A and A's Movie A Day

Watching movies until we run out.

Movie 366 – Repo Man

Repo Man – March 1st, 2011

I know I mentioned it yesterday, but I still find it weird to think that we’ve been at this for a year. And what’s really great about it is that I’ve seen so many movies that I’ve always meant to see and never gotten around to. And not just stuff that we already had lying around the apartment. I mean, last night’s movie? Yes, when it came out we meant to see it. When it came out on DVD we meant to see it. We bought it and never put it in. That was the original purpose of this project, to justify owning the movies we own. And then we started buying more and collecting other movies I’d meant to see but which we didn’t own yet. Like this one. A cult classic I must have heard references to a million times and never watched myself.

Now, I’d always been told that this was a weird movie, and make no mistake, it is. It’s about a cadre of repo men, a couple of car thieves, some punks and a van full of quasi-governmental UFO chasers trying to track down a Chevy Malibu that might have aliens in the trunk. Weird is a rather inadequate word for all that. And I think part of the movie’s charm is that it could have been some slick and utterly cheesy sci-fi flick, but it’s not. It’s awkward and gritty and idiosyncratic in just the right combination. There’s something about the tone of it, with the off-hand strangeness of the world it’s set in and the characters who inhabit it, that reminds me of Buckaroo Banzai. It’s all just so matter-of-fact and yet off-kilter. I like that.

The movie follows Otto, a punk kid turned repo man. Otto starts out kind of aimless and really, despite the repo gig he remains aimless. He doesn’t seem to really enjoy the work. He gets shot at, beat up, chased. He doesn’t seem to like most of his coworkers who are, admittedly, a bunch of jerks much of the time. And his old friends are running around town holding up liquor stores and stealing drugs. His parents are stoned all the time and obsessed with some televangelist. Why should he care about anything? Why would he? And really, the same could be said about most of the people in this movie. They all seem to be looking for something to give a damn about, except Leila, a girl Otto meets while he’s driving a car back to the lot. Leila cares about aliens.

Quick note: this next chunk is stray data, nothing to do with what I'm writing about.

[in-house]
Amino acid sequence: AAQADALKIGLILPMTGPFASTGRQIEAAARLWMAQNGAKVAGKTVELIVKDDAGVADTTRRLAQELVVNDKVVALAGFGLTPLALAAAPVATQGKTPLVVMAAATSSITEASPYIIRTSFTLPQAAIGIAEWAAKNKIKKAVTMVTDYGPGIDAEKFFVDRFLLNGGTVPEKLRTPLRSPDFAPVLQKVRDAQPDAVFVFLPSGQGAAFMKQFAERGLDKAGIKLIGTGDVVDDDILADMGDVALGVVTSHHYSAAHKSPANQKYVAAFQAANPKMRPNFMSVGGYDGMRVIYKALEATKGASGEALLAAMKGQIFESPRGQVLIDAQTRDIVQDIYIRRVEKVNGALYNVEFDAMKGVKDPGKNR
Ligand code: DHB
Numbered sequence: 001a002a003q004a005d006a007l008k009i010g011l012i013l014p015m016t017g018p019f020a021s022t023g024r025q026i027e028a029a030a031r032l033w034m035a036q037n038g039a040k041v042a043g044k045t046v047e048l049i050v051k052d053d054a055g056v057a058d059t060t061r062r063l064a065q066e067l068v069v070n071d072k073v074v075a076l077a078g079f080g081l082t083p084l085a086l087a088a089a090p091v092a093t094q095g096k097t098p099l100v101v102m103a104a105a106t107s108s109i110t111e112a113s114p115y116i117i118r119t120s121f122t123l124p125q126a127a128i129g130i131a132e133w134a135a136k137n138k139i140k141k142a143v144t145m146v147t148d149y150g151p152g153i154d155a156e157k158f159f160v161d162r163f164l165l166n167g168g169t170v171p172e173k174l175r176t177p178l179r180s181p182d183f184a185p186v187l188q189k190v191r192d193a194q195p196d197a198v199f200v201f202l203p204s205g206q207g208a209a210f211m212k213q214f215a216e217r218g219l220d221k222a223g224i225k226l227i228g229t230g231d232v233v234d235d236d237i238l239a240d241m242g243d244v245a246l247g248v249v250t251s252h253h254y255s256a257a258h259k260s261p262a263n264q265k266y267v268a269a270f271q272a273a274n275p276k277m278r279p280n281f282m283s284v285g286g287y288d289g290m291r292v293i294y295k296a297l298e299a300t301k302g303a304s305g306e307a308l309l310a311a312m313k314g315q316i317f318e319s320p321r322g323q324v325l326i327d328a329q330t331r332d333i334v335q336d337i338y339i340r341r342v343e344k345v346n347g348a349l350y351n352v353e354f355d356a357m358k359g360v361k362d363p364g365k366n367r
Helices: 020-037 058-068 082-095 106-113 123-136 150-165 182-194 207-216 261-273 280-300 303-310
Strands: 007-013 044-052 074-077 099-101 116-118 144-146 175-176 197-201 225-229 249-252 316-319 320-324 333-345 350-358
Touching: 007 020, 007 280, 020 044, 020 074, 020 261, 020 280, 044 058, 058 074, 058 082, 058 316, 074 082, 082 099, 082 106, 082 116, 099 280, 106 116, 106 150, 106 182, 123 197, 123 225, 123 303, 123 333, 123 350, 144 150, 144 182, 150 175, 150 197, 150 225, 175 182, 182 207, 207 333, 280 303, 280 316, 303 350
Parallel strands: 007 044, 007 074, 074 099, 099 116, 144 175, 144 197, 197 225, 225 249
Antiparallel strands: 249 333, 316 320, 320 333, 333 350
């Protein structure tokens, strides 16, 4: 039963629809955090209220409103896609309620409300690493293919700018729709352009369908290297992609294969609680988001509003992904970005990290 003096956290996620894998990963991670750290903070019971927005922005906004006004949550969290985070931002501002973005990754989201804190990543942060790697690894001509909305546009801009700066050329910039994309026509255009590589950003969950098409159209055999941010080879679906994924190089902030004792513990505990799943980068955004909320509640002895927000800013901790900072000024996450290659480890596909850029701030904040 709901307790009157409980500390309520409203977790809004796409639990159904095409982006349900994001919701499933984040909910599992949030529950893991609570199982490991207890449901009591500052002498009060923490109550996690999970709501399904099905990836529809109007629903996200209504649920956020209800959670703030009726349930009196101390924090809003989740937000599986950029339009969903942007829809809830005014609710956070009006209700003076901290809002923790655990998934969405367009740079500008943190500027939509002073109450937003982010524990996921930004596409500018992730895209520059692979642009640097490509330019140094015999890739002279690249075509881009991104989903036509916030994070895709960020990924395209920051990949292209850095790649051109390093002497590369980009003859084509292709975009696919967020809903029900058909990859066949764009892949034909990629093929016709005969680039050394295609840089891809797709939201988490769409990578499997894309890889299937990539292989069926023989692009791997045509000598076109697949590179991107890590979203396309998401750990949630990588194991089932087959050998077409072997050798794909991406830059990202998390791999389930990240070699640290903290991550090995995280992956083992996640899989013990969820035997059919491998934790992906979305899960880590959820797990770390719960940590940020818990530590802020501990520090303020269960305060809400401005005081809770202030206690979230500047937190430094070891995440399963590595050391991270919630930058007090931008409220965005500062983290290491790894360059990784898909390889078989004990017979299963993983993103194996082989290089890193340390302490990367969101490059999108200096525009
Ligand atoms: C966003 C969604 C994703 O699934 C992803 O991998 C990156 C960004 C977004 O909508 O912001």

The movie bounces back and forth between the various groups involved. The Chevy Malibu changes hands several times, starting with a mysterious man wearing a pair of glasses with one blacked out frame, then the Rodriguez brothers grab it, then the punks grab it from them, then the guy gets it back from the punks, then Otto manages to get behind the wheel, then his coworker, Bud, nabs it. It goes all over, and something is very strange about that car. It’s overheated inside, and the trunk? Well. You don’t want to look in the trunk (in a similar way that you might not want to look inside Rincewind’s Luggage). The UFO chasers show up in the background over and over. Men in white hazmat suits carry off bodies. The punks are all over the place. There’s always something in the background. Someone always shows up from earlier in the movie. It’s oddly insular in the way that small towns are.

The feel of the movie is more than a little surreal, with the generic food and drink everywhere (beer just labeled Beer and the like, including a tin of Food – Beef Flavored) and all of Otto’s beer-named coworkers (Miller, Bud, Lite). It’s like everything’s just off from the center. A little out of focus. A little self-conscious about itself. So even though it’s bouncing around from faction to faction and all, it never quite loses sight of being a movie about a Chevy Malibu and aliens. You can’t make a serious movie about that. It has to have some level of awareness about itself and this movie hits that note just perfectly. It hits every note. Like a John Cage piece. Odd and not played on the instruments you expect and probably unsettling and a little gimmicky but fun all the same.